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Begich Votes to Protect Victims of Sexual Assault in the Military


Says Bill is a Step Forward but Need Real Justice for Victims

Calling it a good first step to address sexual assault in the military, U.S. Sen. Mark Begich today voted to strengthen protections for military members who are victims of sexual assault through more accountability within the chain of command.

The bill, introduced by Sen. Claire McCaskill (D-MO), passed the Senate on a vote of 97-0.  It would provide victims of sexual assault with a Special Victims Counsel. The bill also requires additional review of commander decisions to not refer charges of certain sexual offenses to trial and a review by a staff judge advocate of cases not referred to court martial. 

Begich was disappointed, however, that a second and stronger bill, the Military Justice Improvement Act (MJIA), failed to break a 60-vote filibuster threshold by a vote of 55-45 last Thursday. The MJIA was sponsored by Sen. Kirsten Gillibrand and co-sponsored by Begich.

“There is no place for sexual assault in our military, period,” said Begich. “I’m glad we took steps today to help victims and increase accountability but I am disappointed that we didn’t go further. We need to make sure those who commit sexual assault in our military are prosecuted in an objective and unbiased justice system.  Today’s bill is an improvement but we must still do more to prevent and address sexual assault in the military. I will continue to advocate and fight for victims.”

The MJLA would have strengthened prosecution of sexual assault crimes in the military by taking away the authority of commanders to overturn or lessen court-martial verdicts in sexual assault cases, requiring justification for changes in court-martial sentences by a commander.  It also would have removed the military chain-of-command from determining whether sexual assault cases are prosecuted. The bill would have moved the decision to any crime punishable by one year or more in confinement to independent, trained professional military prosecutors.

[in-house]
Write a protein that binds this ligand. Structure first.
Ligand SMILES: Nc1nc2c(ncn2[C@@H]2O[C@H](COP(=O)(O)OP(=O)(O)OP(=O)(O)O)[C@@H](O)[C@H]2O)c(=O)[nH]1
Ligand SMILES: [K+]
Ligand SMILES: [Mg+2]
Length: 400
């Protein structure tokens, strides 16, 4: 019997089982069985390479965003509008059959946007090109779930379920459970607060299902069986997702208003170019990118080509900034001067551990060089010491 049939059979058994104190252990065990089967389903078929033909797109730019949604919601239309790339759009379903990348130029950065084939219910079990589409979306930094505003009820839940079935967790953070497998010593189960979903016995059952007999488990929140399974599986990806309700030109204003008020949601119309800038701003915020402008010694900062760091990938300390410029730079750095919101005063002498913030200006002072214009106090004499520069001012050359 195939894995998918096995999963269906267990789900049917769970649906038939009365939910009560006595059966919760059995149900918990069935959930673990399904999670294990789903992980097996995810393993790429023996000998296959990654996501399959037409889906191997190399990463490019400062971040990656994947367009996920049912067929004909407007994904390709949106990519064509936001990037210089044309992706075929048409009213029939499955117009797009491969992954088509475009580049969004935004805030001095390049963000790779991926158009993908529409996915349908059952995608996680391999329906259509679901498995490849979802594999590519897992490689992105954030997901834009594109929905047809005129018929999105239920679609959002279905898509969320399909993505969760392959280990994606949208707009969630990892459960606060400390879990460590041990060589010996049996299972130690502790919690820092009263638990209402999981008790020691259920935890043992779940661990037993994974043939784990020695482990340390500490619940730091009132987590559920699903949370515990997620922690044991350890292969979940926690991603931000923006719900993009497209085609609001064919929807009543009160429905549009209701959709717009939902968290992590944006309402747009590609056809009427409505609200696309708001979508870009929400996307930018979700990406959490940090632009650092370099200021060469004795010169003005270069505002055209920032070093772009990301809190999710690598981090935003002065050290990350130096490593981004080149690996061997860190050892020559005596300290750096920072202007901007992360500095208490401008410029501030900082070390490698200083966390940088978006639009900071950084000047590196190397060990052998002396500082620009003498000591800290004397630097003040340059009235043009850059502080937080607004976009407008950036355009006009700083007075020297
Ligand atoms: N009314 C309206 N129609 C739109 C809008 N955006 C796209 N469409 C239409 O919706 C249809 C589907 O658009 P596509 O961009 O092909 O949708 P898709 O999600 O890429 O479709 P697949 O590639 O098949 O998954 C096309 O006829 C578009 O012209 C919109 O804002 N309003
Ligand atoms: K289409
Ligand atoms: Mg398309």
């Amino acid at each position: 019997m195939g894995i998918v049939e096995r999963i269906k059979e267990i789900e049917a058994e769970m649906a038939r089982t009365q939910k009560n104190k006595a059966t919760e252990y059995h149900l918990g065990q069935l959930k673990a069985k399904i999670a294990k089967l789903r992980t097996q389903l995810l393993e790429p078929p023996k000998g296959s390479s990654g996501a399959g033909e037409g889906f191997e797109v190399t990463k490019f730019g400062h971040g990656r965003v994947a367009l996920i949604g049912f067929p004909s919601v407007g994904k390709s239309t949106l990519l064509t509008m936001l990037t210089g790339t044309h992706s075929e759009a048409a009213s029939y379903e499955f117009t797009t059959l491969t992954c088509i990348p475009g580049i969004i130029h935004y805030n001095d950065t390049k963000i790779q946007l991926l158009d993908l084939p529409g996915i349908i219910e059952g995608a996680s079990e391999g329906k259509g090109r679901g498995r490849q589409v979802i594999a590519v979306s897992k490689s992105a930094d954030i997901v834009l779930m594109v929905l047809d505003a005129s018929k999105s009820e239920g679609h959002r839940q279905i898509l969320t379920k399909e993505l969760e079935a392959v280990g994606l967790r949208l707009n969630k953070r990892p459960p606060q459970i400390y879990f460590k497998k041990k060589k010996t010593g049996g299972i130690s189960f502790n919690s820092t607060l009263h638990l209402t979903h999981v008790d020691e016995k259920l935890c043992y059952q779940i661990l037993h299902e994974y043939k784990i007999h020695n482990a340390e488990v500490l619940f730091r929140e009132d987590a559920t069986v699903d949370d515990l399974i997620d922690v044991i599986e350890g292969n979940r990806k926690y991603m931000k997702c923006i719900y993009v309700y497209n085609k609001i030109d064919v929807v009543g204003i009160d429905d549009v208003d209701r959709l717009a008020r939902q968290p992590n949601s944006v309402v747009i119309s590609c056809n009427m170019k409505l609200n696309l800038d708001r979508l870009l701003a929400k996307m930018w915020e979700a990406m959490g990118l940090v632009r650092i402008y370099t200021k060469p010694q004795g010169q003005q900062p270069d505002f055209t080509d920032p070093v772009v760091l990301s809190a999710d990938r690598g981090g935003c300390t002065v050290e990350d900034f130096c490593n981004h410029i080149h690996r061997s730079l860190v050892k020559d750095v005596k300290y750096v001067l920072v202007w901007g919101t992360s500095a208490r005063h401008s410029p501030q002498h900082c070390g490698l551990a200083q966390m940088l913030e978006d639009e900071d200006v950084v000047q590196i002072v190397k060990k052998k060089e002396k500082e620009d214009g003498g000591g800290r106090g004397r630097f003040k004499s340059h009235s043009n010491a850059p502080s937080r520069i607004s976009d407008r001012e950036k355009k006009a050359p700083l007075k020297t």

The McCaskill legislation that passed today would:

  • Bring objectivity, review and oversight outside the chain of command to the process by including a review by a senior trial counsel in addition to the requirement of a review of commander decisions to not refer charges of certain sexual offenses to trial, and a review of cases not referred to court martial, by a staff judge advocate.

  • Modify Military Rules of Evidence to prevent defendants from using “good military character” unless it is directly relevant to an element of the alleged crime.

  • Require Special Victims Counsels to advise victims of the advantages and disadvantages of a case being prosecuted in a civilian or military justice system.

  • Allow sexual assault victims to challenge their discharge or separation from service in order to account for possible retaliation.

  • Strengthen the role of the prosecutor in advising commanders on going to court-martial by allowing the case to come up for a review to the civilian service secretary.

  • Strengthen evaluations for commanding officers and the command climate they establish as it relates to allegations of sexual assault. The bill also evaluates the way victims of crimes are treated within the unit following those reports.

  • Make certain that changes in the National Defense Authorization Act related to sexual assault prevention and response apply also to the military service academies.

Begich is a strong supporter of efforts to prevent sexual assault and to help victims of sexual assault—especially in the military.  He most recently co-sponsored the Combating Military Sexual Assault Act as well as the The Ruth Moore Act of 2013, which would make disability benefits available for women veterans if they are suffering from PTSD or depression following a military-related sexual assault. Provisions of the Ruth Moore Act became law in the National Defense Authorization Act.

Begich is also a co-sponsor of the Defense STRONG Act, which would strengthen protections for military assault victims to ensure crimes are reported without fear of retribution.  Begich also sent a letter to Secretary of Defense Chuck Hagel last May urging the Department of Defense to address the problem of sexual assault in the military by enacting minimum sentences for sexual assault crimes.

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